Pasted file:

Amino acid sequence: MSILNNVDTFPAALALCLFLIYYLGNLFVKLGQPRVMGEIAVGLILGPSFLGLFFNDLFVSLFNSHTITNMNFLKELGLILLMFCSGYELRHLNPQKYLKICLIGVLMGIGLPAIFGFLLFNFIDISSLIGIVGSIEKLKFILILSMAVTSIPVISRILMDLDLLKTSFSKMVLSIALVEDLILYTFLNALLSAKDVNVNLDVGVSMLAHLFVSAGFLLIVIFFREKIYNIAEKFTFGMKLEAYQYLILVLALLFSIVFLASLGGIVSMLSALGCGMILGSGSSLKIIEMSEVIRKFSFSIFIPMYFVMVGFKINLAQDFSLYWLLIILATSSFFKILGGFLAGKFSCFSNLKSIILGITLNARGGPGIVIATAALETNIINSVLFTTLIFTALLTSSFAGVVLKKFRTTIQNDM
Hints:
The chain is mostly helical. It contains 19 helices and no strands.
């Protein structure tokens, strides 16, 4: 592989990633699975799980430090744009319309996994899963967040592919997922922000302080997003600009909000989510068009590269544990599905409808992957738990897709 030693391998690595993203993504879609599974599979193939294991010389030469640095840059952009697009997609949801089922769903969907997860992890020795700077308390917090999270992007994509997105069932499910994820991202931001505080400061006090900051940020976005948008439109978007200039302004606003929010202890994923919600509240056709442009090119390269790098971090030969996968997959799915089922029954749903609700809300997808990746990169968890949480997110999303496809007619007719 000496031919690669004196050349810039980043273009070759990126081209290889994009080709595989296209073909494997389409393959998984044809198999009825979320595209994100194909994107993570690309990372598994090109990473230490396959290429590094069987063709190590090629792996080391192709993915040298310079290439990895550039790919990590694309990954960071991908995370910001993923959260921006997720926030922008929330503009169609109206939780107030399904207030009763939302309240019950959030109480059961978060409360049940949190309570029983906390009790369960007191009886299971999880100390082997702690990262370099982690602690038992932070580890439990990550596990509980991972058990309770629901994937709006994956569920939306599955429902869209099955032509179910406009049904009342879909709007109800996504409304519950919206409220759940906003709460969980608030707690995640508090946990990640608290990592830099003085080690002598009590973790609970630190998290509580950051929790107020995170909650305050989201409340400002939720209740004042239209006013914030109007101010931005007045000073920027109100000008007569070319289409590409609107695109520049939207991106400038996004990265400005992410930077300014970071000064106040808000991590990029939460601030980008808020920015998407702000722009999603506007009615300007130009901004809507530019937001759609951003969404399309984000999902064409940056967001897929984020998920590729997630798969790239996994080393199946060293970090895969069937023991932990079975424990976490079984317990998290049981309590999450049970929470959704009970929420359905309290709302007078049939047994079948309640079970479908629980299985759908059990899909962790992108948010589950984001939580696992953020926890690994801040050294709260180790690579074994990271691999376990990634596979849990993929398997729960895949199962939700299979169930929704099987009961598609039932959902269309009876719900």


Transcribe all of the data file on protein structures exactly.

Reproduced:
Amino acid sequence: MSILNNVDTFPAALALCLFLIYYLGNLFVKLGQPRVMGEIAVGLILGPSFLGLFFNDLFVSLFNSHTITNMNFLKELGLILLMFCSGYELRHLNPQKYLKICLIGVLMGIGLPAIFGFLLFNFIDISSLIGIVGSIEKLKFILILSMAVTSIPVISRILMDLDLLKTSFSKMVLSIALVEDLILYTFLNALLSAKDVNVNLDVGVSMLAHLFVSAGFLLIVIFFREKIYNIAEKFTFGMKLEAYQYLILVLALLFSIVFLASLGGIVSMLSALGCGMILGSGSSLKIIEMSEVIRKFSFSIFIPMYFVMVGFKINLAQDFSLYWLLIILATSSFFKILGGFLAGKFSCFSNLKSIILGITLNARGGPGIVIATAALETNIINSVLFTTLIFTALLTSSFAGVVLKKFRTTIQNDM
Hints:
The chain is mostly helical. It contains 19 helices and no strands.
């Protein structure tokens, strides 16, 4: 592989990633699975799980430090744009319309996994899963967040592919997922922000302080997003600009909000989510068009590269544990599905409808992957738990897709 030693391998690595993203993504879609599974599979193939294991010389030469640095840059952009697009997609949801089922769903969907997860992890020795700077308390917090999270992007994509997105069932499910994820991202931001505080400061006090900051940020976005948008439109978007200039302004606003929010202890994923919600509240056709442009090119390269790098971090030969996968997959799915089922029954749903609700809300997808990746990169968890949480997110999303496809007619007719 000496031919690669004196050349810039980043273009070759990126081209290889994009080709595989296209073909494997389409393959998984044809198999009825979320595209994100194909994107993570690309990372598994090109990473230490396959290429590094069987063709190590090629792996080391192709993915040298310079290439990895550039790919990590694309990954960071991908995370910001993923959260921006997720926030922008929330503009169609109206939780107030399904207030009763939302309240019950959030109480059961978060409360049940949190309570029983906390009790369960007191009886299971999880100390082997702690990262370099982690602690038992932070580890439990990550596990509980991972058990309770629901994937709006994956569920939306599955429902869209099955032509179910406009049904009342879909709007109800996504409304519950919206409220759940906003709460969980608030707690995640508090946990990640608290990592830099003085080690002598009590973790609970630190998290509580950051929790107020995170909650305050989201409340400002939720209740004042239209006013914030109007101010931005007045000073920027109100000008007569070319289409590409609107695109520049939207991106400038996004990265400005992410930077300014970071000064106040808000991590990029939460601030980008808020920015998407702000722009999603506007009615300007130009901004809507530019937001759609951003969404399309984000999902064409940056967001897929984020998920590729997630798969790239996994080393199946060293970090895969069937023991932990079975424990976490079984317990998290049981309590999450049970929470959704009970929420359905309290709302007078049939047994079948309640079970479908629980299985759908059990899909962790992108948010589950984001939580696992953020926890690994801040050294709260180790690579074994990271691999376990990634596979849990993929398997729960895949199962939700299979169930929704099987009961598609039932959902269309009876719900």